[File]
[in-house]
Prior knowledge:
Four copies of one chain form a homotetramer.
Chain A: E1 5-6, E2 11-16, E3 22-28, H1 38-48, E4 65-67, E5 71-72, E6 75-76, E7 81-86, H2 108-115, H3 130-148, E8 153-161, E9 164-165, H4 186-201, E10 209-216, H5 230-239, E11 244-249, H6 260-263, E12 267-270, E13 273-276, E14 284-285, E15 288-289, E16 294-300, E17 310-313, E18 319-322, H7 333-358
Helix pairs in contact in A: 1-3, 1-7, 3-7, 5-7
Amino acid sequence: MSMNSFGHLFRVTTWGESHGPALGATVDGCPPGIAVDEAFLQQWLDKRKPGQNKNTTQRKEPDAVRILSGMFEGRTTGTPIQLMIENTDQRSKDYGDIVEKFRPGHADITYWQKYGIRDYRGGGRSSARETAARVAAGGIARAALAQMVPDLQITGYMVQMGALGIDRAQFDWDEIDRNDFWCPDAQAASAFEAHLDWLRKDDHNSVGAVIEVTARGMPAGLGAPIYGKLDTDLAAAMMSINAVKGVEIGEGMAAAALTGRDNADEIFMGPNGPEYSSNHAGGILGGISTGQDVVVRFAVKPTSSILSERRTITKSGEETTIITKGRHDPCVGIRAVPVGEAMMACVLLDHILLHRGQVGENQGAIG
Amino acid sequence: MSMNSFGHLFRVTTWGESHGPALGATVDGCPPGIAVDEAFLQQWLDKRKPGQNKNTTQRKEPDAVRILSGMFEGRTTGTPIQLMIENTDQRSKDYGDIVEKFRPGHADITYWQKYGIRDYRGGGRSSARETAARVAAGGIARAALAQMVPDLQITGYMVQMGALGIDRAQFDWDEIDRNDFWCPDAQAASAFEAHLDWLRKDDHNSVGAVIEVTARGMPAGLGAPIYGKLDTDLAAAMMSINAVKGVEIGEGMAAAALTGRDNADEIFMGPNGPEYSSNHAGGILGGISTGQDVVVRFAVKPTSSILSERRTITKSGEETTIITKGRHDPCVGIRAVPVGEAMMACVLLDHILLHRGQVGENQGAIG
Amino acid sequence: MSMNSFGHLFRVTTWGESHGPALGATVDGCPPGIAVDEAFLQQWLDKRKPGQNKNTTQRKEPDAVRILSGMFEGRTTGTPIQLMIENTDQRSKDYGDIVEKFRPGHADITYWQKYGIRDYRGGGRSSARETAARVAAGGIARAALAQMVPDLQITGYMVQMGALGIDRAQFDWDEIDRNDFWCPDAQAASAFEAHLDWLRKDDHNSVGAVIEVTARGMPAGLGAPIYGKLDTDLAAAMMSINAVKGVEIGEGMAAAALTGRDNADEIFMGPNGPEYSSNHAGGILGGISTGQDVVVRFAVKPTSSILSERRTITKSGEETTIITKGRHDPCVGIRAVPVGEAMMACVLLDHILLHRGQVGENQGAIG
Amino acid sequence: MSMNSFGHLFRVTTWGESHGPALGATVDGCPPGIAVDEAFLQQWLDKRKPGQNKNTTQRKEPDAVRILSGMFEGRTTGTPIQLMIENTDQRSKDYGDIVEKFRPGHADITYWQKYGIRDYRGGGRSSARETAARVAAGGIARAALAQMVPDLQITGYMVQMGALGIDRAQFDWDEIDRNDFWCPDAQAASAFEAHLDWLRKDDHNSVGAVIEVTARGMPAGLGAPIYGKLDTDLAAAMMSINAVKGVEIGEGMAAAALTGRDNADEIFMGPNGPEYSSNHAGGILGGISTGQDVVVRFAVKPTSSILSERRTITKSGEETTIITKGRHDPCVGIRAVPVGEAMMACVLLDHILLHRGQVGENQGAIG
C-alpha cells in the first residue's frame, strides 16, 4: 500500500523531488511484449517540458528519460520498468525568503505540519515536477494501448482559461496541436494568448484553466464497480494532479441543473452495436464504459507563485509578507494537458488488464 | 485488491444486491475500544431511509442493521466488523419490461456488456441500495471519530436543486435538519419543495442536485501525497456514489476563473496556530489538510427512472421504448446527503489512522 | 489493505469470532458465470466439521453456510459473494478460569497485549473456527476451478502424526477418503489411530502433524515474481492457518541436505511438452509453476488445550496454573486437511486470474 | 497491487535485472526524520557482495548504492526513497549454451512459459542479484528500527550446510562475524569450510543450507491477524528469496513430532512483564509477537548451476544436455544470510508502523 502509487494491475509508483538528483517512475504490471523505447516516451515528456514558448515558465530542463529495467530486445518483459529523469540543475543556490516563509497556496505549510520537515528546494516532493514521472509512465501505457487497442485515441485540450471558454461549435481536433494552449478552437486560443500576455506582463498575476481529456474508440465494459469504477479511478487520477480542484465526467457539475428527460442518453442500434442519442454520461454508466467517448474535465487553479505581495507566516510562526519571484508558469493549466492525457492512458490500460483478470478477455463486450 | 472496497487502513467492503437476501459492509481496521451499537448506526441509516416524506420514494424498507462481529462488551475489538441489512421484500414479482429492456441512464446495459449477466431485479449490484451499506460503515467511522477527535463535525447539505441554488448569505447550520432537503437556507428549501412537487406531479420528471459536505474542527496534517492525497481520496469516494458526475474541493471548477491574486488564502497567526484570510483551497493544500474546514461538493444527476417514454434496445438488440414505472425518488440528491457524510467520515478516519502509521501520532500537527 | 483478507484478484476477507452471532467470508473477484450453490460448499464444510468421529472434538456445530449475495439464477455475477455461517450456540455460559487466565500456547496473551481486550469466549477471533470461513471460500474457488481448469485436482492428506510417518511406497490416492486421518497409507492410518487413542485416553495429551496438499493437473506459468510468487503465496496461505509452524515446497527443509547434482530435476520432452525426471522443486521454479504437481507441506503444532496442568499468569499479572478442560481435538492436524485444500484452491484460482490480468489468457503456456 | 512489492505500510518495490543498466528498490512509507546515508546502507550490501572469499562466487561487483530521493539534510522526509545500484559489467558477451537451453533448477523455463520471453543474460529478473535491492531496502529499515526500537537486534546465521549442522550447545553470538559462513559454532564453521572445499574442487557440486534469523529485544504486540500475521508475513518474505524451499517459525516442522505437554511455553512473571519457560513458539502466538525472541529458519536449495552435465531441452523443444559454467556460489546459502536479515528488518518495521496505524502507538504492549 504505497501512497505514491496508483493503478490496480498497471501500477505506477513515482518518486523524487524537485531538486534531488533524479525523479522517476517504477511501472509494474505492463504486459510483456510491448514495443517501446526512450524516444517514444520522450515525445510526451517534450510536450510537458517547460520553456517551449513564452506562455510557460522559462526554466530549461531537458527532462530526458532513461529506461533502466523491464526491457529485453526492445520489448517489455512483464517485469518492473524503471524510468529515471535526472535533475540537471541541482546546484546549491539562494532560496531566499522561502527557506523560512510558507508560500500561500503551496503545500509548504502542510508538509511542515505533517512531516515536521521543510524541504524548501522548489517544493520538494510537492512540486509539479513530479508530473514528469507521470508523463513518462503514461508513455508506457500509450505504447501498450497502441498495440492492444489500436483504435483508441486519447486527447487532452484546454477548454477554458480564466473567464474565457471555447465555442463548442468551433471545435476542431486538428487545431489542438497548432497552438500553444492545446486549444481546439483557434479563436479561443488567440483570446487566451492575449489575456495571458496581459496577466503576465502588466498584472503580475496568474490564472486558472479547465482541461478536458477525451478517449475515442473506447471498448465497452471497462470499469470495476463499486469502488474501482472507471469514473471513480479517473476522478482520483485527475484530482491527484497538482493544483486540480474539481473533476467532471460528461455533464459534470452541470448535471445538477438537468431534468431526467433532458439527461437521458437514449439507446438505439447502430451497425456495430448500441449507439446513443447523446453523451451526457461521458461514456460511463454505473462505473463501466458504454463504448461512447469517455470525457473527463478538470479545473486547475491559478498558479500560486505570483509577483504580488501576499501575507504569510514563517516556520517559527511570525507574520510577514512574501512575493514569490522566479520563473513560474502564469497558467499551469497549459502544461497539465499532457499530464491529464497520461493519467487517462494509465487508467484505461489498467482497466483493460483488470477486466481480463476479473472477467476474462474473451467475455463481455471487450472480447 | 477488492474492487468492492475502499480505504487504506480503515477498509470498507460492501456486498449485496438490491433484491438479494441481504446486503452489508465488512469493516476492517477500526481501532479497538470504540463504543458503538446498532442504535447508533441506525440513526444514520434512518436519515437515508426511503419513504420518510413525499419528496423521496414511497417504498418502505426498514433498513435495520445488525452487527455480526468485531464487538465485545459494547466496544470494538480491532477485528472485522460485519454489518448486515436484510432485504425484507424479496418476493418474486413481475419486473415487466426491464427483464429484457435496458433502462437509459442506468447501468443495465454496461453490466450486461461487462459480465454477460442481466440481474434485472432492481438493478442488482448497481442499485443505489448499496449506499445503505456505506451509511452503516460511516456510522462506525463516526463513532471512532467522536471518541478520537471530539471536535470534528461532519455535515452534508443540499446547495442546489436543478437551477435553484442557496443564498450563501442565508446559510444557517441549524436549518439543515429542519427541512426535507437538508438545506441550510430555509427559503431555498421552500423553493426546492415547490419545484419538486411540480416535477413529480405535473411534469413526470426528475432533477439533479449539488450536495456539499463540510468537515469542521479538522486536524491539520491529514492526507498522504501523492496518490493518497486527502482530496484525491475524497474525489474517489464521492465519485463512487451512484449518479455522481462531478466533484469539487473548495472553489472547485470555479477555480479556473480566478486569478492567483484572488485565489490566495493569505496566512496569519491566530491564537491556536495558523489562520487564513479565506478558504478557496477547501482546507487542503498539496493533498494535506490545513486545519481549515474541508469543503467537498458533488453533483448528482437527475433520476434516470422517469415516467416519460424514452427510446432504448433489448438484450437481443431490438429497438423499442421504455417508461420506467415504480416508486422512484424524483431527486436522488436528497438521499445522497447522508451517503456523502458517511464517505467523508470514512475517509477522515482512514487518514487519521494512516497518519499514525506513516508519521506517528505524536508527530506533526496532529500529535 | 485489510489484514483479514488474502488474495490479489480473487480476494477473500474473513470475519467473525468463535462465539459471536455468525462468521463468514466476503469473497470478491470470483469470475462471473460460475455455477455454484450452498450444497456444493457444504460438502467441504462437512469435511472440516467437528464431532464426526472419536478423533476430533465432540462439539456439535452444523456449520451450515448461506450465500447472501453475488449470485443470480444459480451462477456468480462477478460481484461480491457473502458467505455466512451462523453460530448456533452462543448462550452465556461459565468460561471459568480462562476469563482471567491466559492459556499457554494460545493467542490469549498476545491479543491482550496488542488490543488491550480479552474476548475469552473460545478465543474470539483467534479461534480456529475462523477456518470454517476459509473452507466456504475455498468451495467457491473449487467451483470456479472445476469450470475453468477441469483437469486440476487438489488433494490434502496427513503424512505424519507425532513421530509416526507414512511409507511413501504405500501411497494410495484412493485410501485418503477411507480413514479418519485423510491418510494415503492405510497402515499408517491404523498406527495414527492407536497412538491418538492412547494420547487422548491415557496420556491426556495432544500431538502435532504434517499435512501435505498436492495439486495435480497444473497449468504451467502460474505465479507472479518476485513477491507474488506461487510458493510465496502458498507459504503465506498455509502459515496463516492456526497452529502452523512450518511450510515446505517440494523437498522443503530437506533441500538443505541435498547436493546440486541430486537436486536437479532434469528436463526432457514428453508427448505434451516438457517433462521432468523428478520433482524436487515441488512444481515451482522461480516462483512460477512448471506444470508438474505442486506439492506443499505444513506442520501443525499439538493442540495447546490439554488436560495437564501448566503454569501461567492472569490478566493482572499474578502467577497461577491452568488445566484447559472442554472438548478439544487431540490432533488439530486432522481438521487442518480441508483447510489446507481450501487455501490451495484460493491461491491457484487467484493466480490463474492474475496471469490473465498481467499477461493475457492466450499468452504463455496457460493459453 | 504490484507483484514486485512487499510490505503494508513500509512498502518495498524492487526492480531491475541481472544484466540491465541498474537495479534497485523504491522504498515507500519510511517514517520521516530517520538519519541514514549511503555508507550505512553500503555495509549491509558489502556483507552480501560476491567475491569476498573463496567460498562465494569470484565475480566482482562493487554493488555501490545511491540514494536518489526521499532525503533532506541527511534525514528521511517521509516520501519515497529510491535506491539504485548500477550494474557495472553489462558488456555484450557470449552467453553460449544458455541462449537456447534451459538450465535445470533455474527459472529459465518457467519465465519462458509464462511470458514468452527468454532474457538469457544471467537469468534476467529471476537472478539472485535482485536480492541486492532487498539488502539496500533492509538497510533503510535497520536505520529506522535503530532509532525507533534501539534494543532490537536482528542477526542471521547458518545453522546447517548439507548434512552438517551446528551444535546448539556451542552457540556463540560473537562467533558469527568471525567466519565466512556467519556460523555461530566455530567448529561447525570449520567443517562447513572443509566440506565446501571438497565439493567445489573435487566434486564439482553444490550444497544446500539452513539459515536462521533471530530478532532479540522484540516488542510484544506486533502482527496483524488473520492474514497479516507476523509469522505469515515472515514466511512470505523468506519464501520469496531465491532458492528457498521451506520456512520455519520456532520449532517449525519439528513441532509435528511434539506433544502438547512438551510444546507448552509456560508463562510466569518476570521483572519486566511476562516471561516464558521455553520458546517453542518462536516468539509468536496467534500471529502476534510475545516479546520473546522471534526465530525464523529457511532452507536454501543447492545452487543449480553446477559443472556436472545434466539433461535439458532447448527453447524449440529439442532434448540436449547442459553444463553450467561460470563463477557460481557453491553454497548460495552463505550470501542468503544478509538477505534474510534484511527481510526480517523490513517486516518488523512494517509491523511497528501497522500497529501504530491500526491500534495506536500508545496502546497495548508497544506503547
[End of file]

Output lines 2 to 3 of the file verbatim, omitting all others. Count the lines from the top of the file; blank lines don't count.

Prior knowledge:
Four copies of one chain form a homotetramer.